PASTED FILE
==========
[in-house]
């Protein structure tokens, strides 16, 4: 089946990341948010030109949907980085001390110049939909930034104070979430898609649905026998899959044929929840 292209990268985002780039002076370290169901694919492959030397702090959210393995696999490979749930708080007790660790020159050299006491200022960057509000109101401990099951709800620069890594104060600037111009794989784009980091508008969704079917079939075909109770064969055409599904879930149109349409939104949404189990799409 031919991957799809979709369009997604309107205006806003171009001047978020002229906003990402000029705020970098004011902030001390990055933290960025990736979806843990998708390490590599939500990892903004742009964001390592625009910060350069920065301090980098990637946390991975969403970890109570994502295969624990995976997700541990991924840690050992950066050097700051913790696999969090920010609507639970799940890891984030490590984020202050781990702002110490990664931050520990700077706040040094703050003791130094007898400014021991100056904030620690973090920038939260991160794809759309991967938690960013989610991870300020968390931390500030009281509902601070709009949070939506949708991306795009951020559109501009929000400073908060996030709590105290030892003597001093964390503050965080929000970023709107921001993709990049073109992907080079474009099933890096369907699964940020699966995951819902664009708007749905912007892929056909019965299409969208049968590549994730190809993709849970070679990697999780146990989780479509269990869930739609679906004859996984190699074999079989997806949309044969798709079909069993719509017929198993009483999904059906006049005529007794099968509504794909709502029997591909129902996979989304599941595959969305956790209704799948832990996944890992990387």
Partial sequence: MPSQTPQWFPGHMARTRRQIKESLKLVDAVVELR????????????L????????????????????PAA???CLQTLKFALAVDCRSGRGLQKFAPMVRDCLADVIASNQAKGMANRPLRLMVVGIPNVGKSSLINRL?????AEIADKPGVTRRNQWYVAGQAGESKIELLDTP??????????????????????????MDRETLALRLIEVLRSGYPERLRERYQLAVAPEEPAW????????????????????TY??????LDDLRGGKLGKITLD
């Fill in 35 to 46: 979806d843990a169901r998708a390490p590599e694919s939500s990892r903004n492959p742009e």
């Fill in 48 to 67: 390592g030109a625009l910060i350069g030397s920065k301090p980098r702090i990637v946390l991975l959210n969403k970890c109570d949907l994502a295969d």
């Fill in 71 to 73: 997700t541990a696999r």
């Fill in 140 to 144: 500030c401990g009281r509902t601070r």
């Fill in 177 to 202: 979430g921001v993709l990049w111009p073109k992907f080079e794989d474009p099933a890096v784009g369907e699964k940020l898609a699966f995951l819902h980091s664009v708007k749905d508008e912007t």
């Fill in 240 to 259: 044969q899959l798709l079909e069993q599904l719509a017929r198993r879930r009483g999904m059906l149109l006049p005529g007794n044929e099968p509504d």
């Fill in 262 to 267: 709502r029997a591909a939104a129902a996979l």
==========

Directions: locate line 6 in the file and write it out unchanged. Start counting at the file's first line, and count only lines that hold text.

């Fill in 71 to 73: 997700t541990a696999r």